Feline heart disease:
HCM is diagnosed when any other disease does not cause left ventricular hypertrophy. Left ventricular hypertrophy is similar to HCM may be caused by diseases such as systemic hypertension which is most commonly associated with kidney disease or hyperthyroidism but such cases cannot properly be termed HCM. Mutations in several genes have been identified as major cause of HCM in humans. The mutations known to date are inherited as autosomal dominant traits with the variable expression and incomplete penetrance. This also means that an abnormal gene from only one parent is needed to cause the disease to develop in the child that its severity can vary and that it's possible for some people to have an HCM gene mutation but not develop the disease. The mutation is thus far identified for human HCM cause gene to produce a defective contractile protein. The resultant contractile units within the heart muscle are dysfunctional and so additional contractile units are produced by myocardium, heart muscle to compensate. The increased number of contractile units leads to wall thickening.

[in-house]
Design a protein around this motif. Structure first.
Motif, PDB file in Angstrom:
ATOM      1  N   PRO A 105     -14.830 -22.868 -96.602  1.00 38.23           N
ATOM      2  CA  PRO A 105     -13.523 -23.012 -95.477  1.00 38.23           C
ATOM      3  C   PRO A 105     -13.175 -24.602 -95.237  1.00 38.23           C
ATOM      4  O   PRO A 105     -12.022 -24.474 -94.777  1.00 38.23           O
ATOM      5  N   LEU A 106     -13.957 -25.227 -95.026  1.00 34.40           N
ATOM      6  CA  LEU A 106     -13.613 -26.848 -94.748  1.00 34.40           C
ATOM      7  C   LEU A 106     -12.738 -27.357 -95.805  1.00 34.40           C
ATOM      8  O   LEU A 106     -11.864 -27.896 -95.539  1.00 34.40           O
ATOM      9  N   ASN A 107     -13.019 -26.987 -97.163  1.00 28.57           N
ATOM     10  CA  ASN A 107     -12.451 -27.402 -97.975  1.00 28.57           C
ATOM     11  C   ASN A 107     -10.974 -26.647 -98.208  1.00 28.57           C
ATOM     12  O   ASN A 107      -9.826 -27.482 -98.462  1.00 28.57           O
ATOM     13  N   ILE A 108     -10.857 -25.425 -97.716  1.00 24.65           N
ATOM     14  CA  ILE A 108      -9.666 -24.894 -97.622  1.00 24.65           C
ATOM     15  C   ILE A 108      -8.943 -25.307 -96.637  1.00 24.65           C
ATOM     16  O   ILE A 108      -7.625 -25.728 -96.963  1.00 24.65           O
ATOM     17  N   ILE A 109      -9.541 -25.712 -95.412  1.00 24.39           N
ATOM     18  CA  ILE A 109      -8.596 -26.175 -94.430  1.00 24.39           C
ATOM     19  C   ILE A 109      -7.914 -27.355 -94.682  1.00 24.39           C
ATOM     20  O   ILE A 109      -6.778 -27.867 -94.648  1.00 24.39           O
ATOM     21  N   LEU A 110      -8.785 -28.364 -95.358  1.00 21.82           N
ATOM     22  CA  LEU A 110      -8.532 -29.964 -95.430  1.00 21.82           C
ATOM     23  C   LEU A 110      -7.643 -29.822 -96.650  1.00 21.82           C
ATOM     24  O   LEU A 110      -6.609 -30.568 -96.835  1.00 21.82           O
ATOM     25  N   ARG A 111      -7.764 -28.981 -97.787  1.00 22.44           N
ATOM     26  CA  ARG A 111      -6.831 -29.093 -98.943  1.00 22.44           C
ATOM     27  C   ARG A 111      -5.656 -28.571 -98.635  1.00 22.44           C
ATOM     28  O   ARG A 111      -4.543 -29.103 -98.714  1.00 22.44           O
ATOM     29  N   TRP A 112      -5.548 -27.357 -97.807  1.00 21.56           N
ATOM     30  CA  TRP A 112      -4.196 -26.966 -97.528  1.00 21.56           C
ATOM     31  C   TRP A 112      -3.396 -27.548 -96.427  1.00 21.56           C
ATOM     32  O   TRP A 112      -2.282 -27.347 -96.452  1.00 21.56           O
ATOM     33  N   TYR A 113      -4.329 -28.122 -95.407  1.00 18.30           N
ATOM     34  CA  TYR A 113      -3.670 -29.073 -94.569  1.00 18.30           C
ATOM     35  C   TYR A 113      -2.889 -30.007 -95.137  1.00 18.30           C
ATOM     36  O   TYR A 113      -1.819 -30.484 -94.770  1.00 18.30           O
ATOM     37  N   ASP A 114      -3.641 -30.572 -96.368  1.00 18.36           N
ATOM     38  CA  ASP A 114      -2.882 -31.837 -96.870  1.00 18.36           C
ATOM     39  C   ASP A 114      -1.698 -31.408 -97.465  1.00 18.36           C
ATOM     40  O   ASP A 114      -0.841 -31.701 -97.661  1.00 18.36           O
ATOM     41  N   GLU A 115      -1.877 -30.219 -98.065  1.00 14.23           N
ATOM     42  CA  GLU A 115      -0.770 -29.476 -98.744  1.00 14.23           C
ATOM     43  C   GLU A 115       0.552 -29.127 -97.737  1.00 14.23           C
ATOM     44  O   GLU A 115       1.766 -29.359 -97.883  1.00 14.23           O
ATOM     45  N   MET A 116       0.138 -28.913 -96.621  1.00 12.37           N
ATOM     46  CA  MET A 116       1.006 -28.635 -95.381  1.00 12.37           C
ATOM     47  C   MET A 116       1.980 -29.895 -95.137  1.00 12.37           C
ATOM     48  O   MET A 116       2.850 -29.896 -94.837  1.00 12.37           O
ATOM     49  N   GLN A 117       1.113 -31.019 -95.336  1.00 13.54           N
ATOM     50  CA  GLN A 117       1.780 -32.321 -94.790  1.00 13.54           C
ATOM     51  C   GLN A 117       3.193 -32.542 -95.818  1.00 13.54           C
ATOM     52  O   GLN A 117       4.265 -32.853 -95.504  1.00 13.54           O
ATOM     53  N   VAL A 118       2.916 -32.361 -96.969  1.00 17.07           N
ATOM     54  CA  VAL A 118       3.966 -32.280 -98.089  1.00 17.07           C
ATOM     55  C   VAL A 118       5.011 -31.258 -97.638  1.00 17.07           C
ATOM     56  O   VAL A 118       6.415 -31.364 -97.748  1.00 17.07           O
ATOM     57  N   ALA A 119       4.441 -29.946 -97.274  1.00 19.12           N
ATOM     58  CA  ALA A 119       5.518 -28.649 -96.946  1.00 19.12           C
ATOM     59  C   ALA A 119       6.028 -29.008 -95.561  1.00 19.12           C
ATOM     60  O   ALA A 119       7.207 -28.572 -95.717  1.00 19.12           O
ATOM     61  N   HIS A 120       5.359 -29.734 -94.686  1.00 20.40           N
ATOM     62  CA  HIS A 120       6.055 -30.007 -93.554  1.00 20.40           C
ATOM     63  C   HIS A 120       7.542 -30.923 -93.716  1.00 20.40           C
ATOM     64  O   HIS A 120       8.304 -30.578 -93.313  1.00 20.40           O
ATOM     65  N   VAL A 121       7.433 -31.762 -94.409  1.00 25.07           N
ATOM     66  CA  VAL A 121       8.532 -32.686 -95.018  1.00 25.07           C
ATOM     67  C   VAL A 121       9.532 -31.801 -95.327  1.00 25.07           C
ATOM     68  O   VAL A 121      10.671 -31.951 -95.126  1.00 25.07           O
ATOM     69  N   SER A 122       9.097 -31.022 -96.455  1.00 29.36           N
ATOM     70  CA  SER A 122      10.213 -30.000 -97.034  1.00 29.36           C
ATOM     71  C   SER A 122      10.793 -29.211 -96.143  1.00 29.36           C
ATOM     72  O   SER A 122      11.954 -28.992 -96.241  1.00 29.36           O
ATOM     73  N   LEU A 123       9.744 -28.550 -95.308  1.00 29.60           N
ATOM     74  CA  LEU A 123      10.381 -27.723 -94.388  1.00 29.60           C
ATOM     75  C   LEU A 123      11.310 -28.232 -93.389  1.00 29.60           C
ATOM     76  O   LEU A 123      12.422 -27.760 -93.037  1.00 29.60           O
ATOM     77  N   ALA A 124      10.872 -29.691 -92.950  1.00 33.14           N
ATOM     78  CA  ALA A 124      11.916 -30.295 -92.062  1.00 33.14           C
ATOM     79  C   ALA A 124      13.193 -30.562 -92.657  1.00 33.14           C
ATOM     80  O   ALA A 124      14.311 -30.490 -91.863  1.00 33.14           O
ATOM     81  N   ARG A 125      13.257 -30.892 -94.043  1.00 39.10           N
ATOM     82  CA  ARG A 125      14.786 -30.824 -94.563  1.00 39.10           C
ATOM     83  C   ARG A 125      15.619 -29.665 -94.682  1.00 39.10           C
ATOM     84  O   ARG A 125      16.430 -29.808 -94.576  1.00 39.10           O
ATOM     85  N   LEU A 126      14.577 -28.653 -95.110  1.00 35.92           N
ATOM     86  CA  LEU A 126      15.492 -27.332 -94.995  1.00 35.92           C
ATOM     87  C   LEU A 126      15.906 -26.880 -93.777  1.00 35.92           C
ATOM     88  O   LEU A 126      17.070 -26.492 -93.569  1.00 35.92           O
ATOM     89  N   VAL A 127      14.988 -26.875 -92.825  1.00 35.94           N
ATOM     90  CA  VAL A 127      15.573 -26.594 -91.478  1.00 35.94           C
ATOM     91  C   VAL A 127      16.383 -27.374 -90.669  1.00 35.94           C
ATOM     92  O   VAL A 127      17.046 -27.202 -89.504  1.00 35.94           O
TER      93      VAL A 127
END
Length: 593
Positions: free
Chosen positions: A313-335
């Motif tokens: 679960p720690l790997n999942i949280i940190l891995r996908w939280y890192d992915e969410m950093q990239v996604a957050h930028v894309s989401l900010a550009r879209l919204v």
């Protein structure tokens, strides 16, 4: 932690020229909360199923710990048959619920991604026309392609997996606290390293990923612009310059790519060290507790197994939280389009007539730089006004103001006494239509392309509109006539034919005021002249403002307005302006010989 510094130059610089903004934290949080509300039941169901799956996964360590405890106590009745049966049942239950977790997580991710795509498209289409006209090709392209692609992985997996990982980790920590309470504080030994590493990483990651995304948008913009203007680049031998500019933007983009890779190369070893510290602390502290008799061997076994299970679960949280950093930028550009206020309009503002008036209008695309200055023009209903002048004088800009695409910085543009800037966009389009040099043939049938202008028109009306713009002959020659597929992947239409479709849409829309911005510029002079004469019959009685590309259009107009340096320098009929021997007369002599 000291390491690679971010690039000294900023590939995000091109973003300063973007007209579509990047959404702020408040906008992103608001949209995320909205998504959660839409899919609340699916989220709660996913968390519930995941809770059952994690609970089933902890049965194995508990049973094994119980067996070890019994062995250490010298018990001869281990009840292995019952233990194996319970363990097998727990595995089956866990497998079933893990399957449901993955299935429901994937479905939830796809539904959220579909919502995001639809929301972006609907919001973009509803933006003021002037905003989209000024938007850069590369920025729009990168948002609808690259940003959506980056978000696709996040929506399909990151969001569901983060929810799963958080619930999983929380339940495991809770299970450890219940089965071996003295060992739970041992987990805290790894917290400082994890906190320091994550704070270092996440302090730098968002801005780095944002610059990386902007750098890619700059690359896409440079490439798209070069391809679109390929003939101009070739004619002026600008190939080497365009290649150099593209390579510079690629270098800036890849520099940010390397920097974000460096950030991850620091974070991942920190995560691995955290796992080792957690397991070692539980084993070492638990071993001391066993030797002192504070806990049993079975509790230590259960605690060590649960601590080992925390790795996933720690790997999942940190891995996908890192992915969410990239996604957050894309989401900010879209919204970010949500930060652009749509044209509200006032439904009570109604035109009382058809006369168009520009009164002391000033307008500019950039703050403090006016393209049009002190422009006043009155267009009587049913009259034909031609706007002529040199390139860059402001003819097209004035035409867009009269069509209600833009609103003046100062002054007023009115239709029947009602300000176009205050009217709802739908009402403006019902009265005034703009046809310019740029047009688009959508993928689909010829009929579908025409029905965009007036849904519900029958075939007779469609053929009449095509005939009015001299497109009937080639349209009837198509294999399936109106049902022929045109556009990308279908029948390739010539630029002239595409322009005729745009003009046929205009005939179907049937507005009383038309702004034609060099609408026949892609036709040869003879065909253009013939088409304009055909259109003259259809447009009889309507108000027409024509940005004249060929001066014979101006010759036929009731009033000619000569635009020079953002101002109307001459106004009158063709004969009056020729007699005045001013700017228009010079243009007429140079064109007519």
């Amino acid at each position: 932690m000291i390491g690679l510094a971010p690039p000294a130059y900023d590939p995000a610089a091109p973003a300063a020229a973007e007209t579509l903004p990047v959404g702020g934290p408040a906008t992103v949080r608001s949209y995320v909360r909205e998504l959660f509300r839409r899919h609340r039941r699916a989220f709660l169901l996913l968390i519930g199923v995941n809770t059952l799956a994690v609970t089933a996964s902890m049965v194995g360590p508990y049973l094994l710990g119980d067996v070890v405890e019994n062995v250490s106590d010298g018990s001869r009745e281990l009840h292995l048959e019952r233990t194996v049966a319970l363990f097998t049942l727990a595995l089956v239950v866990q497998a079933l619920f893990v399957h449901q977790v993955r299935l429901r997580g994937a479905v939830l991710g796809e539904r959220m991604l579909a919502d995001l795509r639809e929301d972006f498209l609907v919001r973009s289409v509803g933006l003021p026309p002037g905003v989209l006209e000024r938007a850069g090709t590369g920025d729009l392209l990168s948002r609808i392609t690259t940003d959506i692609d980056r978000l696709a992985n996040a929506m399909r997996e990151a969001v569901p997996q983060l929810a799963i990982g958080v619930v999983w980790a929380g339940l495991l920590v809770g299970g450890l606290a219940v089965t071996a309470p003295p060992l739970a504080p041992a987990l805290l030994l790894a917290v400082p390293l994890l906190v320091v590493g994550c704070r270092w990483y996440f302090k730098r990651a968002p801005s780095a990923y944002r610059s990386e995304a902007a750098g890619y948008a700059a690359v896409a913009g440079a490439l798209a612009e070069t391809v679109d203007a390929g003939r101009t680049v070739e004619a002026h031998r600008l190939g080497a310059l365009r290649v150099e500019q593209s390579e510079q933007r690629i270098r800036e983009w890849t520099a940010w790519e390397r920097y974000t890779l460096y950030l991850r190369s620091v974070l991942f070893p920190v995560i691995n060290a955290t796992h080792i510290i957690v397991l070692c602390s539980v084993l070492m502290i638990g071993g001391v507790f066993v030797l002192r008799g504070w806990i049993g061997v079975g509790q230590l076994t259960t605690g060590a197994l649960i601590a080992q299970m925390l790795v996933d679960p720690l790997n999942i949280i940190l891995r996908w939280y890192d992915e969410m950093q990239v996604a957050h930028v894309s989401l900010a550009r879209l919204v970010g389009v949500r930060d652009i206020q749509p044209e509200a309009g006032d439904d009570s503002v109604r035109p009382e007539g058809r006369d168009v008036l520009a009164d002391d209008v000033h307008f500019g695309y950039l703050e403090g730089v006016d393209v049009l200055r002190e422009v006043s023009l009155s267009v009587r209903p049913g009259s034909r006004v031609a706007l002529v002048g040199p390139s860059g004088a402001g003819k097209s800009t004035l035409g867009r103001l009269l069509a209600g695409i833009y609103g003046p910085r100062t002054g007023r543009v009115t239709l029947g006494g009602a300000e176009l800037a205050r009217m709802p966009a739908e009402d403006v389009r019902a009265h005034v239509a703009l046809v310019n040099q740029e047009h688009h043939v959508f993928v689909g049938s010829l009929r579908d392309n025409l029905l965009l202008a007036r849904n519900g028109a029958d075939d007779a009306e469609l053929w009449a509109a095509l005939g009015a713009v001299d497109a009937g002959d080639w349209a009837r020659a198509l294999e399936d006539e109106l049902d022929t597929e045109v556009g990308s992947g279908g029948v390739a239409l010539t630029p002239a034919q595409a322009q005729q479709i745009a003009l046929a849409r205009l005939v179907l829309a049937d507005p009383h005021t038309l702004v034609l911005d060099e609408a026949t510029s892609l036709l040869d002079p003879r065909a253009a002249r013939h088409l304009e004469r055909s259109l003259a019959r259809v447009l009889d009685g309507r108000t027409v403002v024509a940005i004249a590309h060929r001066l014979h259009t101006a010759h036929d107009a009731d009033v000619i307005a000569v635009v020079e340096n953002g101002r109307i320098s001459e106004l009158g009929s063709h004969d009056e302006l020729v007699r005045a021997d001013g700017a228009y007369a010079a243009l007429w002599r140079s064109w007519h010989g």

Common in cats:
HCM is most commonly seen in cats less than five years old, however it is by no means unusual to diagnose primary HCM for the first time in cats as old as seven to eight or even older whose hearts had appeared normal on previous echocardiograms. Familial occurrences have been observed in numerous breeds. But specific feline HCM genetic mutations have not been isolated as yet, it is appearing in families of cats, and observations that an affected offspring can be produced if there is an affected parent, strongly indicate a genetic basis. In Maine Coon cats and American Shorthairs, HCM is inherited as an autosomal dominant trait it is in humans too. In addition, the natural history of the disease and the pathology are the same as in humans. So, it is likely that the disease is caused by a mutation in a contractile protein gene.
Folic acid and heart disease:
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